To understand how the Lakes developed into an artistic cultural destination, we need to take a little trip back in time. This world-renowned British landscape has inspired artists over the generations, and their art can tell us why.
Mountain landscapes prior to the late 17th century were, to many people, foreboding and frequently despised. This began to change with the advent of The Grand Tour, a movement that began in the mid-17th century and ended in the mid-19th century. The tour was considered the best way to complete a gentleman’s education: during their travels, young members of high society were inevitably exposed to the Alpine mountain regions. Many, rather than finding them terrifying, soon began to appreciate their beauty and grandeur, and many started to romanticise them in written word and art.
This new understanding quickly filtered through the English way of thinking. Things really started to take off when, in 1769, Thomas Gray made a tour of the English Lakes, and recorded his travels in a journal, now widely accepted as the first example of modern travel writing. Gray in turn was greatly admired by an aspiring landscape painter, Joseph Farington RA, who in 1777 followed in Gray’s footsteps and painted what he saw in the places Gray had described in his guide.
The rest, as you might say, is history. Gray and Farington were soon followed to the Lakes by notables including John Varley and John Constable. Indeed, in 1816 none other than J.M.W. Turner painted the inspiring view from St Mary’s Churchyard, in Kirkby Lonsdale. It was later described by John Ruskin as, “a place more naturally divine, or a more priceless possession of true ‘Holy Land’.” To this day it is known as ‘Ruskin’s View’.
The steady flow of artists to the county continues to this day, with a huge range influenced by the stunning landscapes of the area. Many of their works can be found in galleries across the county, including Abbot Hall, Tullie House, Castlegate House Gallery, Dove Cottage and The Wordsworth Museum, Heaton Cooper Studio, The Armitt Museum and Brantwood.
Modernists such as L.S. Lowry painted seascapes along the western Lake District coast, as well as industrial landscapes depicting places like Cleator Moor, Workington and Maryport. Another great landscape artist who painted industrial scenes was Cumbrian artist Percy Kelly, himself a native of the western Lake District. Kelly was celebrated by many during his life, including Sir Winston Churchill, Sir Nicholas Sekers, and Princess Margaret; but despite this he steadfastly refused to step into the limelight. Kelly’s work until after his death remained largely hidden, but is once more receiving the acclaim it deserves – the work is linear, graphic and simple. Andrew Lambirth writing for The Spectator described Kelly as a “troubled genius,” and Blake Morrison writing for The Guardian compared him with Lowry and Rousseau. When you visit, you can follow a series of trails to discover where it all started.
Then, there is the famous Heaton Cooper artistic dynasty – Alfred, William and Julian (grandfather, father and son, respectively). Alfred was a successful Victorian landscape artist, known especially for his landscapes of the Lake District. William was an Impressionistic landscape artist; he also painted the Lake District, but preferred watercolours. He was acclaimed as an excellent landscape artist in the 20th century. Finally, there is Julian Cooper, an adventurous and innovative painter of mountain forms and textures across the globe, including his beloved Lakes.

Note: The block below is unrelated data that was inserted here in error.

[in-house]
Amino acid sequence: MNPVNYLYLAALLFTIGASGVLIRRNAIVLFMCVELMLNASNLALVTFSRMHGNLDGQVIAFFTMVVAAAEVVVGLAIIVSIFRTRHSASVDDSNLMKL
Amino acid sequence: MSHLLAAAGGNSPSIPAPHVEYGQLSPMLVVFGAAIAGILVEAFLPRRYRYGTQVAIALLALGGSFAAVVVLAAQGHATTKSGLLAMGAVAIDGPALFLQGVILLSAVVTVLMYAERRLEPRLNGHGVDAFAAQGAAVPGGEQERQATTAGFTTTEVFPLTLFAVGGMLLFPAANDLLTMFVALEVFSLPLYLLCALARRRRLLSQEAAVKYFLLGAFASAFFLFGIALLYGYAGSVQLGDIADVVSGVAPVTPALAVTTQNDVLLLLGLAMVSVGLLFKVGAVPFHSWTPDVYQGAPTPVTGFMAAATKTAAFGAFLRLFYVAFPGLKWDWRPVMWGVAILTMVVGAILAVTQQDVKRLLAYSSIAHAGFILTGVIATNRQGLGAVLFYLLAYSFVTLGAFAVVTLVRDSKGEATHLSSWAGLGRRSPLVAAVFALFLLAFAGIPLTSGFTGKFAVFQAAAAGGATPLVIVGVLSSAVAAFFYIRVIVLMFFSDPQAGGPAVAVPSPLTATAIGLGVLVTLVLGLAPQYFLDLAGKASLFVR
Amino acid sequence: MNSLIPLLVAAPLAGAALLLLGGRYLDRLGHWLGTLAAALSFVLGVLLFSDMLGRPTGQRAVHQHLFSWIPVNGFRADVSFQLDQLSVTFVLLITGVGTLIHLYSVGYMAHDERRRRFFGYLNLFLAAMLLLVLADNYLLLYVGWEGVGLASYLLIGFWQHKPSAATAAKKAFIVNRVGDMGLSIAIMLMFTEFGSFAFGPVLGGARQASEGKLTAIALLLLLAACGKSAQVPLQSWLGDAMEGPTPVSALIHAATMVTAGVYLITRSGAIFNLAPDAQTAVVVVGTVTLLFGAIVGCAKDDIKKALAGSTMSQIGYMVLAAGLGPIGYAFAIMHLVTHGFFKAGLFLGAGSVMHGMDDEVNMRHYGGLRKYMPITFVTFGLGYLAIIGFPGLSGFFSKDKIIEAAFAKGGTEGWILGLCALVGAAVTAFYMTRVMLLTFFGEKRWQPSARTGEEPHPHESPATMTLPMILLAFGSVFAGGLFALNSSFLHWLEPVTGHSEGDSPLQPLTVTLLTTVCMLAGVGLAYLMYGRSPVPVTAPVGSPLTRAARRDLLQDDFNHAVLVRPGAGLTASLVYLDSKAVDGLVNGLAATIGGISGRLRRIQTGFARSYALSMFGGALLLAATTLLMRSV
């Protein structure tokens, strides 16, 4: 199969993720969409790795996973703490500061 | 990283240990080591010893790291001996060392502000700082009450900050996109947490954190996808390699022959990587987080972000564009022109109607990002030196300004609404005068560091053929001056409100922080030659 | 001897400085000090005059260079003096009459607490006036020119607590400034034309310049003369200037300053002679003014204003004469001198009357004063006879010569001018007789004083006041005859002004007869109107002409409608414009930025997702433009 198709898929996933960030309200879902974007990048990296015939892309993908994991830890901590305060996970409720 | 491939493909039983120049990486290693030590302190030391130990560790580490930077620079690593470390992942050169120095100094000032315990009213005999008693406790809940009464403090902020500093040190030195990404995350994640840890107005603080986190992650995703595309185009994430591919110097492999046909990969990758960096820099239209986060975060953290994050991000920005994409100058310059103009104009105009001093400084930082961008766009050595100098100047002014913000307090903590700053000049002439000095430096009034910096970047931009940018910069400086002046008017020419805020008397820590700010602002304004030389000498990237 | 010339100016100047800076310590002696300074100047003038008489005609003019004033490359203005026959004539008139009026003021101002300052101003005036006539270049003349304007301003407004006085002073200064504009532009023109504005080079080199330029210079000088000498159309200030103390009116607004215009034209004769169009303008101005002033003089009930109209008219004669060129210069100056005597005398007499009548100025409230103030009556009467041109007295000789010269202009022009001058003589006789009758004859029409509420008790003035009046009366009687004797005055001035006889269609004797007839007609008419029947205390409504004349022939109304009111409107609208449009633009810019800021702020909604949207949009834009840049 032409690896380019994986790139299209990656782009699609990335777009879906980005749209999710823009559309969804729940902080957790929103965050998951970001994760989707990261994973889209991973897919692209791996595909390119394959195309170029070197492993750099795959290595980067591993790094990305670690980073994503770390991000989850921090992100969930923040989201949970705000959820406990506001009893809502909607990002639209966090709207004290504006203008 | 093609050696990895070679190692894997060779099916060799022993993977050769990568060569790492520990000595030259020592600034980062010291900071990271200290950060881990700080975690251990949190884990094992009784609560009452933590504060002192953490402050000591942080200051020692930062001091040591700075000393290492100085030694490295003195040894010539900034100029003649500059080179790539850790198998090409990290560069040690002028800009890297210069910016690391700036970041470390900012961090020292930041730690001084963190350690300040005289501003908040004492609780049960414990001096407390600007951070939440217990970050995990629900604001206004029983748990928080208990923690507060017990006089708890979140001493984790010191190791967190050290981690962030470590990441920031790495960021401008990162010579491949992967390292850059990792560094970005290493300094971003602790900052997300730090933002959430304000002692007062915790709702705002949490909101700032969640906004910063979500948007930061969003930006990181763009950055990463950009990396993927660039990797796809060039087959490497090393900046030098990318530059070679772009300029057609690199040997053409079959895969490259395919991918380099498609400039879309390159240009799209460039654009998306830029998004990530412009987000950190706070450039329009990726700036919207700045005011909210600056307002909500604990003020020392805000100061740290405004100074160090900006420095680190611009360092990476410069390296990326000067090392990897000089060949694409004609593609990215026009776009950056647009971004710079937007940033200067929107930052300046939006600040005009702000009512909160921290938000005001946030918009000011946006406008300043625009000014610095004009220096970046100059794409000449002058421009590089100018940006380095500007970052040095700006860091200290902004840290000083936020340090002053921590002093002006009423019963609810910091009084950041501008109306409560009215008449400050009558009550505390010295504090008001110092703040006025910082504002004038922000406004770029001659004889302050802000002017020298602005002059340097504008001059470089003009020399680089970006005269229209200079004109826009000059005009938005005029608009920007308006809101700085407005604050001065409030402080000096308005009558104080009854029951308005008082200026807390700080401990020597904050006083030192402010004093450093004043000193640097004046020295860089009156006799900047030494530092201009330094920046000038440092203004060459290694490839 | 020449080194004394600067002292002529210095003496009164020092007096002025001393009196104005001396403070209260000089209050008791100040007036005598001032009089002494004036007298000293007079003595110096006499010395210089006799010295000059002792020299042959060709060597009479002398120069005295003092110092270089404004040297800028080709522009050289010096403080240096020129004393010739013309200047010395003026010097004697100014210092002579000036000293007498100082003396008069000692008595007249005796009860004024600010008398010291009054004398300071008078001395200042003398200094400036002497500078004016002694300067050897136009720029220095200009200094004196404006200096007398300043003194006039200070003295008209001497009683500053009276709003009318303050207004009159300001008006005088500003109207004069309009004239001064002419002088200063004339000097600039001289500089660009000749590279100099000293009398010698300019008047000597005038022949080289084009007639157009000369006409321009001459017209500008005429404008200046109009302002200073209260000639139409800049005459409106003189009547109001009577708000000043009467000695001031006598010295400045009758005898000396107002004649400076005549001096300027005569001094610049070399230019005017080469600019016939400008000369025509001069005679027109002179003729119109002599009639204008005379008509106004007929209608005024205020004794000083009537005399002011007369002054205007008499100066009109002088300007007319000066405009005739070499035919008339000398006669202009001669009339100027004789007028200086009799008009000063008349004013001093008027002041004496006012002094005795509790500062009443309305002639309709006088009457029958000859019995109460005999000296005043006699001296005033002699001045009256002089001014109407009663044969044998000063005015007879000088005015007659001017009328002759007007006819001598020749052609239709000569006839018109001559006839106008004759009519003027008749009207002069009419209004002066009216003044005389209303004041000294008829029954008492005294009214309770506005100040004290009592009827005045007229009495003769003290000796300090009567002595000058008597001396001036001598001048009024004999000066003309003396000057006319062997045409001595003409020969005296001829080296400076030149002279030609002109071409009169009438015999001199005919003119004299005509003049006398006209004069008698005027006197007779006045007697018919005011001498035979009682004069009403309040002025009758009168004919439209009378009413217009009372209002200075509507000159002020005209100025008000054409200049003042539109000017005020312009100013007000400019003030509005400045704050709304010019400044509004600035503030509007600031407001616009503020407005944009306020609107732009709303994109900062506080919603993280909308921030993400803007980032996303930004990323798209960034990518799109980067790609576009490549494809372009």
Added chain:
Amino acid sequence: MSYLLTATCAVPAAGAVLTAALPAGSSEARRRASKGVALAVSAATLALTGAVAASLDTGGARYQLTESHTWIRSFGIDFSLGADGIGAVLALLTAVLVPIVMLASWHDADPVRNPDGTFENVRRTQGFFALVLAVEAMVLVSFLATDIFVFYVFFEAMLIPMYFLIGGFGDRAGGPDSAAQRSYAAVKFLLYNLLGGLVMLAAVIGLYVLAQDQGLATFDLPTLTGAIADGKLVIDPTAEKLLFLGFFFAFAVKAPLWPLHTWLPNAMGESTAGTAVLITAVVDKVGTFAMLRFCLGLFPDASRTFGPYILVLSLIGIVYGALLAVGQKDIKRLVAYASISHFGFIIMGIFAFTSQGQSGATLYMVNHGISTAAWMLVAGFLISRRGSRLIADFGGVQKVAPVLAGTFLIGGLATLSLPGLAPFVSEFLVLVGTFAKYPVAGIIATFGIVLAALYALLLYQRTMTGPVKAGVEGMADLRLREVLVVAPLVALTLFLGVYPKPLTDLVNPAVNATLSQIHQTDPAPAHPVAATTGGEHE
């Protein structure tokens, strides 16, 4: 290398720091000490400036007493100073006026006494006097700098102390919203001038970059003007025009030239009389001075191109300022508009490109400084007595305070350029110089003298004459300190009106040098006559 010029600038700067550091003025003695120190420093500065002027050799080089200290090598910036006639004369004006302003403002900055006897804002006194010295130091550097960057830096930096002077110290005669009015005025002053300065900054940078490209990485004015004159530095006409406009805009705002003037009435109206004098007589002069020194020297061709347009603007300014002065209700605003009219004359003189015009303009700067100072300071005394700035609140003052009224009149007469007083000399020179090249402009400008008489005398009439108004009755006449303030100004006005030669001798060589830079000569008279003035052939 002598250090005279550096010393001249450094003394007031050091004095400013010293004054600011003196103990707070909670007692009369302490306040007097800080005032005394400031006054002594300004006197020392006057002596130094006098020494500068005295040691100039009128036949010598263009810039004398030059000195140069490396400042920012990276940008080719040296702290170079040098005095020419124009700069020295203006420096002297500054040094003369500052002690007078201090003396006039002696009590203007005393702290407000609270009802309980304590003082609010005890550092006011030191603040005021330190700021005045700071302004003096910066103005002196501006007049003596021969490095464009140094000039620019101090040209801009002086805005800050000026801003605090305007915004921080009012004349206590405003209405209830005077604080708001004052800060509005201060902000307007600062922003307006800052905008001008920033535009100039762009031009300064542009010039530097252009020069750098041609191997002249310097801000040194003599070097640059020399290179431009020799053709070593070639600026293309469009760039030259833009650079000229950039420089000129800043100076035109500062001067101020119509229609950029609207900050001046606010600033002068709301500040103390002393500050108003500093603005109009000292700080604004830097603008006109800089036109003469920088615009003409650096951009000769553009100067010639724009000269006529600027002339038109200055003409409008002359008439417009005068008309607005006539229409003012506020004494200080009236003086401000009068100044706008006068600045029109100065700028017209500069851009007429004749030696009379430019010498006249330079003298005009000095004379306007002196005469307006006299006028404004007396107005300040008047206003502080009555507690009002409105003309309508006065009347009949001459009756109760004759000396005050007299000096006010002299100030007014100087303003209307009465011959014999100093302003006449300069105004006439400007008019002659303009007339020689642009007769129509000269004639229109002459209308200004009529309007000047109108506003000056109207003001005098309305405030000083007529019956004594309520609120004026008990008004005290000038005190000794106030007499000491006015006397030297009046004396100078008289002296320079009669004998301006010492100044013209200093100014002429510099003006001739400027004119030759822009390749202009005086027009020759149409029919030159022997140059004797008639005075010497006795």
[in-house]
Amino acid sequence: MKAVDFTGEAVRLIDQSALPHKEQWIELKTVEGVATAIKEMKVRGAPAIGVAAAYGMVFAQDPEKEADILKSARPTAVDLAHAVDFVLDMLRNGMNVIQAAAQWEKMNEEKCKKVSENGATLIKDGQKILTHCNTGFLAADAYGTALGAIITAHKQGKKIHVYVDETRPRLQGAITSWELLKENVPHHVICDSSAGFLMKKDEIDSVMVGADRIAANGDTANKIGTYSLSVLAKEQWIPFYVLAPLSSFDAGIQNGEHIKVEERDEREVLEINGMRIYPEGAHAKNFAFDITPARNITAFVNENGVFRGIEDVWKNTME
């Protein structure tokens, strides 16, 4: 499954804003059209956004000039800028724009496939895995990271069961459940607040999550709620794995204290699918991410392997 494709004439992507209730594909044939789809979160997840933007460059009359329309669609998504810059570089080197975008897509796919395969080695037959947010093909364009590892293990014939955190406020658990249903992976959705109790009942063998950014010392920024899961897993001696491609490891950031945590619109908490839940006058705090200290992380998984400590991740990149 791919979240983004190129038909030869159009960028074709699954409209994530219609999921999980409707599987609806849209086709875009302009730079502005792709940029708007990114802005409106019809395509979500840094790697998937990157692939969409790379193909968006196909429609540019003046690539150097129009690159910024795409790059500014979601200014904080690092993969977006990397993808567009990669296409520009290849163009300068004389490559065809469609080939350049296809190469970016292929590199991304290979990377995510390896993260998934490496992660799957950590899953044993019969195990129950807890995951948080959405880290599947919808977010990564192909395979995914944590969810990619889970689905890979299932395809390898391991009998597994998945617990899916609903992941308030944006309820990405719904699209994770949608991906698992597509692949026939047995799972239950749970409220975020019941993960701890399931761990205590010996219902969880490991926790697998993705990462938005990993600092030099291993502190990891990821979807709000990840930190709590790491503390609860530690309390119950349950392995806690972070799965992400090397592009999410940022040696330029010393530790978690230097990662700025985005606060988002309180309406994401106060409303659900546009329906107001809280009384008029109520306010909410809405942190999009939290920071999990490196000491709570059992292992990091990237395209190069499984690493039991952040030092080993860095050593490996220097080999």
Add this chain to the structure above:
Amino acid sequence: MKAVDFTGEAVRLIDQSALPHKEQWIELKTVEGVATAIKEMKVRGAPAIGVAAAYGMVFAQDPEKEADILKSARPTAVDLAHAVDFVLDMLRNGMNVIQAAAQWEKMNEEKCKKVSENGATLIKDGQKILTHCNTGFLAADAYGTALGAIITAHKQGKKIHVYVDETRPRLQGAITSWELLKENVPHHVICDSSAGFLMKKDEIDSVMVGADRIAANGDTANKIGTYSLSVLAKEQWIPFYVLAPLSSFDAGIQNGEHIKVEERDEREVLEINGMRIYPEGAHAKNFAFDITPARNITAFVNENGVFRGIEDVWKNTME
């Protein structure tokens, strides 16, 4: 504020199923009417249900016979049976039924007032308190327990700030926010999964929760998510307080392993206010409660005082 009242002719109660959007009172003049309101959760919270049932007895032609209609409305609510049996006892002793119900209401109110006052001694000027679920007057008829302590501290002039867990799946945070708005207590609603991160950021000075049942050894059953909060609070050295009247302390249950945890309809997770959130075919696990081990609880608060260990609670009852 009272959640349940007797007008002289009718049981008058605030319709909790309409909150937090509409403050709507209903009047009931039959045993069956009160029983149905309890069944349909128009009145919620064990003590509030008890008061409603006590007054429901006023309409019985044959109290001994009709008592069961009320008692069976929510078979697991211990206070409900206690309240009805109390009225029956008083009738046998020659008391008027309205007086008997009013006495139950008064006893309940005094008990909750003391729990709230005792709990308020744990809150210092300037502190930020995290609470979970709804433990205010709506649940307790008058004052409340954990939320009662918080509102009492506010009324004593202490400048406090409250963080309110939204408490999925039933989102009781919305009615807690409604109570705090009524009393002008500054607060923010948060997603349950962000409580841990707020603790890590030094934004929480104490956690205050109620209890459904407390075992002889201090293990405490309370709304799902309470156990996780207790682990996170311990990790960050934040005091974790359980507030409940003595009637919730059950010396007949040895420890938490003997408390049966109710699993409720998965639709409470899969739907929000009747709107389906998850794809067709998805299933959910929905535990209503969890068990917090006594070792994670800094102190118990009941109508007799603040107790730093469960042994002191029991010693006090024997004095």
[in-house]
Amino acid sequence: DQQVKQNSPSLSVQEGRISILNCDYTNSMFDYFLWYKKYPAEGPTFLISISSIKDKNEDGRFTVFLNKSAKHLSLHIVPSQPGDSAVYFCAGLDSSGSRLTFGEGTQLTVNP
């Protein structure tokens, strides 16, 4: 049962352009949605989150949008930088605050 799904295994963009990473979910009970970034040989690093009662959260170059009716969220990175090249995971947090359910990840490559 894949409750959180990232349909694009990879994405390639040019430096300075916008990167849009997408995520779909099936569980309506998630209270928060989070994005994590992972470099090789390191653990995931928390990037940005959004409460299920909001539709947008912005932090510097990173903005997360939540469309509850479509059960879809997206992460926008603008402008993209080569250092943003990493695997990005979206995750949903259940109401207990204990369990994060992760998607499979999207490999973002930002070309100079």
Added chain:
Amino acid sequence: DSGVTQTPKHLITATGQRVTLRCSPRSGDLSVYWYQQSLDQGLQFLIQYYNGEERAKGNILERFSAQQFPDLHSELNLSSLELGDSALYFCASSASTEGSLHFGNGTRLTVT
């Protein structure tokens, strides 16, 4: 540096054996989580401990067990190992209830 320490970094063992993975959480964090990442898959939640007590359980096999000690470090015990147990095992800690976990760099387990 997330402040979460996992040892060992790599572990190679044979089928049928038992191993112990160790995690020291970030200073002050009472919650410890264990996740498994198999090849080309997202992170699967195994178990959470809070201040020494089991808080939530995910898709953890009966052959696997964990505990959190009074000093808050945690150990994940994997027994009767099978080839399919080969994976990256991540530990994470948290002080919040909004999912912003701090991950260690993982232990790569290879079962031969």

Not forgetting Cumbrian-born artist Sheila Fell, who never painted romantic pictures of nature, or pretty chocolate box pictures of sunny days among the lakes and fells of her native countryside; but instead produced powerful, melancholy oil paintings of living landscape, presided over by huge brooding mountains and dark looming clouds. Colour was always less important than tone for her: she painted the hills and the seas of the area she loved so well, she painted the earth and those who worked it, depicting rich brown soils, piles of potatoes, small groups of driven cattle, indistinguishable farm buildings and terraced houses. Some of her work can be seen in Tullie House, and the Abbot Hall.
One artist you wouldn’t normally associate with landscape forms was Kurt Schwitters, a key figure in the Dada, Constructivist and Pop Art movements. Schwitters relocated to the Lakes in 1945 with his English partner Edith Thomas. He first settled in Ambleside, later establishing his Merz Barn studio in Elterwater. He remained in the Lake District until his death. Largely unknown and unrecognised, he struggled to earn a living by painting portraits and local landscapes, some of which can be found at the Armitt Museum, in Ambleside. His work continues to influence artists to this day, including the 2013 Turner Prize Winner, Laure Prouvost, with her installation piece Wantee.
More recently, you have Lakes-born Turner Prize-winning artist Keith Tyson, who created his acclaimed ‘The Nature Paintings’ as a direct result of his upbringing in the Lake District. Tullie House has acquired one of these sublime works, which make reference to the history of landscape painting in the region. It showcases a mixture of paints, pigments and chemicals, which are poured and left to interact on acid-primed aluminium panels. The combined processes of gravity, chemical reaction, temperature, hydrophobia and evaporation simultaneously conspired to create surfaces reminiscent of a wide range of natural forms and landscapes; depicting nature, but created by nature as well.
To find out more about art and culture in the Lake District, Cumbria, visit the Lakes Culture site.
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